3. Inheritance tax and succession planning
We recognise how important the protection of your family wealth, for the benefit of your loved ones, is.
Especially when the UK has one of the highest rates of estate taxes in the world at 40%.
Taking the first steps in deciding what should happen to your assets during your lifetime and after you’re gone can be daunting.
Complex rules and constant changes to tax legislation, including those made to inheritance tax, mean that planning is vital to ensure that you benefit from the available exemptions and reliefs.
We offer expert advice in minimising your exposure to inheritance tax (IHT).
We implement effective solutions, which offer effective planning for future generations.
- Inheritance tax planning strategies
- Utilising exemptions and maximising tax reliefs
- Appropriate ownership structure of assets
- Gifts during life, on death, and post-death variations
- Estate and succession planning
- Use of trusts and family investment companies
- Tax-efficient investment planning
Receiving a legacy can have a significant impact on your life. You may have mixed feelings, especially if it comes after the loss of a loved one, which can often come with an overwhelming sense of responsibility. If it’s unexpected and you’re not ready to receive the assets, you might feel unsure how to manage them. You’ll have many questions including how this may affect your tax situation. We can take you through the process.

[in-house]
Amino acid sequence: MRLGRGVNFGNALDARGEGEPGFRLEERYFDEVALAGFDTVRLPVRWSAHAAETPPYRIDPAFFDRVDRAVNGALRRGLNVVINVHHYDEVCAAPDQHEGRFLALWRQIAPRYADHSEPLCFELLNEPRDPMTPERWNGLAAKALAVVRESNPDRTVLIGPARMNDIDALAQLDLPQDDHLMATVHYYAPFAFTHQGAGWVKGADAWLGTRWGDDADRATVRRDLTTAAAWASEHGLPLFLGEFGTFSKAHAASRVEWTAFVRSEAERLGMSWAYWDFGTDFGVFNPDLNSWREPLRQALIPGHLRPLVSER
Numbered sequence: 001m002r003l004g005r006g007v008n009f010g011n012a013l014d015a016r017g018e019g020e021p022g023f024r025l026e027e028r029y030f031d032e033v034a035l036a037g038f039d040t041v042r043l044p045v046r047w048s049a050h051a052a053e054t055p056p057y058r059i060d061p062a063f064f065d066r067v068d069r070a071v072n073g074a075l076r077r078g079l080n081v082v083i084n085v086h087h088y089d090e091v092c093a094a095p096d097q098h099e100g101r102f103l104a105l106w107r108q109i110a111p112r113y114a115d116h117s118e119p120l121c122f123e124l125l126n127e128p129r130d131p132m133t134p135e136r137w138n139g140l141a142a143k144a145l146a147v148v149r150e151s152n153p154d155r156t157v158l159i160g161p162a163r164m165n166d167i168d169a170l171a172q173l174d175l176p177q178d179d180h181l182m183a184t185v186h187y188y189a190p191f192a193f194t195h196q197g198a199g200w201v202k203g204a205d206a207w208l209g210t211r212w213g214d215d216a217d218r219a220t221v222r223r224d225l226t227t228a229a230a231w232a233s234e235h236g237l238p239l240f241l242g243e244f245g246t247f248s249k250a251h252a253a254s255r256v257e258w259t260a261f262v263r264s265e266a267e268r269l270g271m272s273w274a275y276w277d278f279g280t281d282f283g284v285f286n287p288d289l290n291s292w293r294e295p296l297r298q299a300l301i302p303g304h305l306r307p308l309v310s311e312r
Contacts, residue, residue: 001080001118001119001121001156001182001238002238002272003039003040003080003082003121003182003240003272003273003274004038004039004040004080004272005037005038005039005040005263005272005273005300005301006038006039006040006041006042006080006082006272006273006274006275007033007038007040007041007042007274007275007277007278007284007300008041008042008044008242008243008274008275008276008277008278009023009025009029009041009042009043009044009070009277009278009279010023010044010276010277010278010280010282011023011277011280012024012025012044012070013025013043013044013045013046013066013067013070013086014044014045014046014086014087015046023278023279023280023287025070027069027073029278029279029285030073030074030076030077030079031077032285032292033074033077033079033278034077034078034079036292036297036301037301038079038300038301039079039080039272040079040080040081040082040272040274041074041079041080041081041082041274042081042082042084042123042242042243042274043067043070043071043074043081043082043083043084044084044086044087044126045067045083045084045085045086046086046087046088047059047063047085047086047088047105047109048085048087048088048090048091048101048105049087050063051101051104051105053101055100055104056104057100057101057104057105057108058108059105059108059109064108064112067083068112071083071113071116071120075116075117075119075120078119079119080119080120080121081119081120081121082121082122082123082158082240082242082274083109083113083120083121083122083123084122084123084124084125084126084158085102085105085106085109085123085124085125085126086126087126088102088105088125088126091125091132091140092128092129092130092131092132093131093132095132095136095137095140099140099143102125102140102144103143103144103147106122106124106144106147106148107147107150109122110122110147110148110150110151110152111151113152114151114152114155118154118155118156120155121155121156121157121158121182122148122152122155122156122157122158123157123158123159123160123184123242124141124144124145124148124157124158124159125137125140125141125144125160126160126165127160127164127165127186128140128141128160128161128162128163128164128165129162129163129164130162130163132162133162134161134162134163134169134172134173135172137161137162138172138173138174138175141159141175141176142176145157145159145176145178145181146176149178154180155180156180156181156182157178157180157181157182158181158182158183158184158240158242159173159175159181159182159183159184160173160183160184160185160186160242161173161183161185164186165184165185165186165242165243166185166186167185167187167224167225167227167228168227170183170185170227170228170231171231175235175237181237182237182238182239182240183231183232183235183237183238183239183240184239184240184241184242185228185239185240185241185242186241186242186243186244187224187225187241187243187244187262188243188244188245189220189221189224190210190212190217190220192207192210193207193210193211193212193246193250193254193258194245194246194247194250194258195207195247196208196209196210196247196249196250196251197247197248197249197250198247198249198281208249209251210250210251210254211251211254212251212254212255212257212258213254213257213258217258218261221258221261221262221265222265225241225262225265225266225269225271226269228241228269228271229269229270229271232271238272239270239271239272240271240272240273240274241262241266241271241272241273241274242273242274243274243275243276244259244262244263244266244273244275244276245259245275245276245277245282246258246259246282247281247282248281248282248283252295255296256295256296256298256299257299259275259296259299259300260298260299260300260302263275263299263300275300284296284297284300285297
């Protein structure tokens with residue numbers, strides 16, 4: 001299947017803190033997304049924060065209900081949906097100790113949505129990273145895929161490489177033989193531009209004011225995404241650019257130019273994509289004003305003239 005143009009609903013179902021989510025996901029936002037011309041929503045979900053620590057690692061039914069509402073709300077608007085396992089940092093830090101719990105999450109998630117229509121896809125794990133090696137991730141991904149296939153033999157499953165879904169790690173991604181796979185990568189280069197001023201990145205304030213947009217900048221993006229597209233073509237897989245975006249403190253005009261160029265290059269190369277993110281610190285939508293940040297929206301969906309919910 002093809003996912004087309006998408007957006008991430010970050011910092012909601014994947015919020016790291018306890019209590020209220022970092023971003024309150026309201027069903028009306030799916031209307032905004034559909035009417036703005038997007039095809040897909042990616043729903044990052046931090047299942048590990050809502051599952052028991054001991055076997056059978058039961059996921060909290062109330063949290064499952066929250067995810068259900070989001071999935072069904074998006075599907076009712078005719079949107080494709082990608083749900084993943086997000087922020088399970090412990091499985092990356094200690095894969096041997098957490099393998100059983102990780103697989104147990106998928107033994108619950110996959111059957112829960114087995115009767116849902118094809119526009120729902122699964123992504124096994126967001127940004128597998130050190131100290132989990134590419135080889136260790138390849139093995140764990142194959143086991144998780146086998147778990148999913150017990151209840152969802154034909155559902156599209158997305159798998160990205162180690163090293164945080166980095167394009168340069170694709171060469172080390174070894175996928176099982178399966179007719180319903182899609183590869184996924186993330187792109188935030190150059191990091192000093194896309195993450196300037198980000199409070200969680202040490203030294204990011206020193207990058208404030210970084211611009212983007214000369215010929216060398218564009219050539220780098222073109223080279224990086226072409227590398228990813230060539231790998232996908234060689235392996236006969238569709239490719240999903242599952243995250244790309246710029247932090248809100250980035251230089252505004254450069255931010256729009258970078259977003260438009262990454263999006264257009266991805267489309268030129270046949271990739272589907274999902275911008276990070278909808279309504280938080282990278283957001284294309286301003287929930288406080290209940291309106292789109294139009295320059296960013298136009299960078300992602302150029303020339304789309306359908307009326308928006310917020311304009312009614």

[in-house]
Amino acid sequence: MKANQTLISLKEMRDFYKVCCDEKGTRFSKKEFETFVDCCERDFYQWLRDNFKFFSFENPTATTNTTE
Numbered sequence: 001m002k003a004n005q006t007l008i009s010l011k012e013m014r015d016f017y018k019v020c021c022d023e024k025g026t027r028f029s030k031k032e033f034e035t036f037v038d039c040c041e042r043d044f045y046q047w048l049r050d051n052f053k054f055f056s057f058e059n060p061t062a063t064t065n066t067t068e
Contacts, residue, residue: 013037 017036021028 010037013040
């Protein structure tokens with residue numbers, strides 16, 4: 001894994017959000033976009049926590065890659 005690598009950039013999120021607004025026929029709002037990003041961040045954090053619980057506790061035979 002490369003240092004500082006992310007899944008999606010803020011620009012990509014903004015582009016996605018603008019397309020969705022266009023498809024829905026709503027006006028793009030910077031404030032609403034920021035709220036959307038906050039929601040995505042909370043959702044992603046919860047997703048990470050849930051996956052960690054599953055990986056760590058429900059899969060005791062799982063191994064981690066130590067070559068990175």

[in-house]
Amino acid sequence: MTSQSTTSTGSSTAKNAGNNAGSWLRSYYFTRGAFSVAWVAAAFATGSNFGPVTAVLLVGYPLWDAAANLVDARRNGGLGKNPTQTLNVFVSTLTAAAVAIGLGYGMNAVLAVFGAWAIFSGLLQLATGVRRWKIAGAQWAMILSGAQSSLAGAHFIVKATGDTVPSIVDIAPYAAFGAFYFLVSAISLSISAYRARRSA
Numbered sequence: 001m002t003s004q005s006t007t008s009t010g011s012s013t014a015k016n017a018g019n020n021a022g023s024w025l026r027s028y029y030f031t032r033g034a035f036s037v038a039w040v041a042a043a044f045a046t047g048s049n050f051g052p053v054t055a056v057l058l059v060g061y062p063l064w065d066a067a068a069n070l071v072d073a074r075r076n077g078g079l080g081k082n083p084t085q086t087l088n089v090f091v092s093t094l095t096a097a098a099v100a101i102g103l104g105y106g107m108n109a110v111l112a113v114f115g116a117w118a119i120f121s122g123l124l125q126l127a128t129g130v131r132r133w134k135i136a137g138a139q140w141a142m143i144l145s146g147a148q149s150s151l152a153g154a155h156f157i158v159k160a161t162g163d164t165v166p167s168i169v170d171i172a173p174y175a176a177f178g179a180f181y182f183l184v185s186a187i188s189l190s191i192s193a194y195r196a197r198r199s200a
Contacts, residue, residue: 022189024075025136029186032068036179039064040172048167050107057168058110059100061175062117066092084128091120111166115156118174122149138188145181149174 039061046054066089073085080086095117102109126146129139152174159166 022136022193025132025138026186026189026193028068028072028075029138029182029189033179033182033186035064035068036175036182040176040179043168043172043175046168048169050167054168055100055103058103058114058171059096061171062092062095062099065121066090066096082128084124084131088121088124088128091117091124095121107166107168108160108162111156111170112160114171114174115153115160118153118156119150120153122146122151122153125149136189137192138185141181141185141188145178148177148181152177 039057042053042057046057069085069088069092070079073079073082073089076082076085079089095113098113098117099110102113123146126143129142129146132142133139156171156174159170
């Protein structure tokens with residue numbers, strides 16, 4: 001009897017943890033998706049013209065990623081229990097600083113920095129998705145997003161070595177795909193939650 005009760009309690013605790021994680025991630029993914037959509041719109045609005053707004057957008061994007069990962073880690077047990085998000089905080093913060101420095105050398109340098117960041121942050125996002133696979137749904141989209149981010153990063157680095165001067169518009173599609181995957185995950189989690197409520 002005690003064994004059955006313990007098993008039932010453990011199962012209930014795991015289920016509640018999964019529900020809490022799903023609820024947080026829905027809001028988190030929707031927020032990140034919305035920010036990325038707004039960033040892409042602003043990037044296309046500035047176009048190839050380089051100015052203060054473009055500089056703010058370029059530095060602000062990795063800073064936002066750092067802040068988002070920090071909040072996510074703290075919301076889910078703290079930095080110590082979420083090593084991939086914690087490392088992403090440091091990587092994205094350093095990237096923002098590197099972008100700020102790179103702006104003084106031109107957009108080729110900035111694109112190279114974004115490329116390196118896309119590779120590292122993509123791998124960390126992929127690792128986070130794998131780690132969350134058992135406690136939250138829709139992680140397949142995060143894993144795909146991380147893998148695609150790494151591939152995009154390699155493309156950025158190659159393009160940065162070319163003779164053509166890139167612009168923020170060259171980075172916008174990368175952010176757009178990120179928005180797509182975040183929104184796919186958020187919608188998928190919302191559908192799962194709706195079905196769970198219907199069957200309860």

A potentially exempt transfer (PET) is a gift made during a person’s lifetime that is not immediately subject to tax when the gift is made, however it may be taxed should the donor pass within seven years from the date of gift.
Since the rate of CGT you pay is dependent on your income tax band, reducing your income tax rate can also have a knock-on benefit on your CGT.
Regular gifts out of surplus income are exempt from inheritance tax, provided that they meet a prescribed set of legislative conditions. This is a valuable method of IHT planning if your income is significantly higher than your spending needs.
The person responsible is the Executor/Administrator of your estate. It is essential that the necessary tax forms are completed, and the right amount of inheritance tax is paid, otherwise, if errors are made, this can lead to penalties and interest being charged.
If you have any questions or need further advice in this area, please get in touch and we will be happy to discuss further